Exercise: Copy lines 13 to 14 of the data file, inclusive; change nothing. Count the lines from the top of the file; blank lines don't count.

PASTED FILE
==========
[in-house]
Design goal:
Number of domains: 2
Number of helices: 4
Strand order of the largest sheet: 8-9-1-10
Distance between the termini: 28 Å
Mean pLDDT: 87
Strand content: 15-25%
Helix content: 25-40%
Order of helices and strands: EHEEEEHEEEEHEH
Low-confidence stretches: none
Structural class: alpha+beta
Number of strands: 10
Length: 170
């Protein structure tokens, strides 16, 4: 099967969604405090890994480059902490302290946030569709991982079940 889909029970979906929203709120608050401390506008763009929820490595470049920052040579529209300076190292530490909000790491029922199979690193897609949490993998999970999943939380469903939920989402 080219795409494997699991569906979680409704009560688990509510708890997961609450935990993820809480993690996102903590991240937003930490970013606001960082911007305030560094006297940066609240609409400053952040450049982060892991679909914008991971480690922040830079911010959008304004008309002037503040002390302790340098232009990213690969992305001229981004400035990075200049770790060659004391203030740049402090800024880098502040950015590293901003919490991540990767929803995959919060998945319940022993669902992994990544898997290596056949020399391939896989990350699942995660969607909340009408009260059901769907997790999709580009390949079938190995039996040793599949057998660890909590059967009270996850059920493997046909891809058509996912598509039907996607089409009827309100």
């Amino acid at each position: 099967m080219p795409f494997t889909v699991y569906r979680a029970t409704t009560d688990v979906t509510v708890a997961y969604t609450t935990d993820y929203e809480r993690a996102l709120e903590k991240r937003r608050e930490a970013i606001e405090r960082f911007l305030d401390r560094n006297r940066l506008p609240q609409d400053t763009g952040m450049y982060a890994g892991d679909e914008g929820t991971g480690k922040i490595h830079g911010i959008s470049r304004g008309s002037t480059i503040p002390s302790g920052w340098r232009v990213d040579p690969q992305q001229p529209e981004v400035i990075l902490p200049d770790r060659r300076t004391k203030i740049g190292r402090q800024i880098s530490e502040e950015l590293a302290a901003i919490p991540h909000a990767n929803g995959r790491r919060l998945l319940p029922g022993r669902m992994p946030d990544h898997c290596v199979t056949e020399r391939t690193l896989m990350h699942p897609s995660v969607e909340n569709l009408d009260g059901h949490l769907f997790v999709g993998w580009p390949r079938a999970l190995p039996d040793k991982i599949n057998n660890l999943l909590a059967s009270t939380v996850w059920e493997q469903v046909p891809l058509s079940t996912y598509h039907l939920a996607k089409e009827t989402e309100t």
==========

Number of strands: 10
Length: 170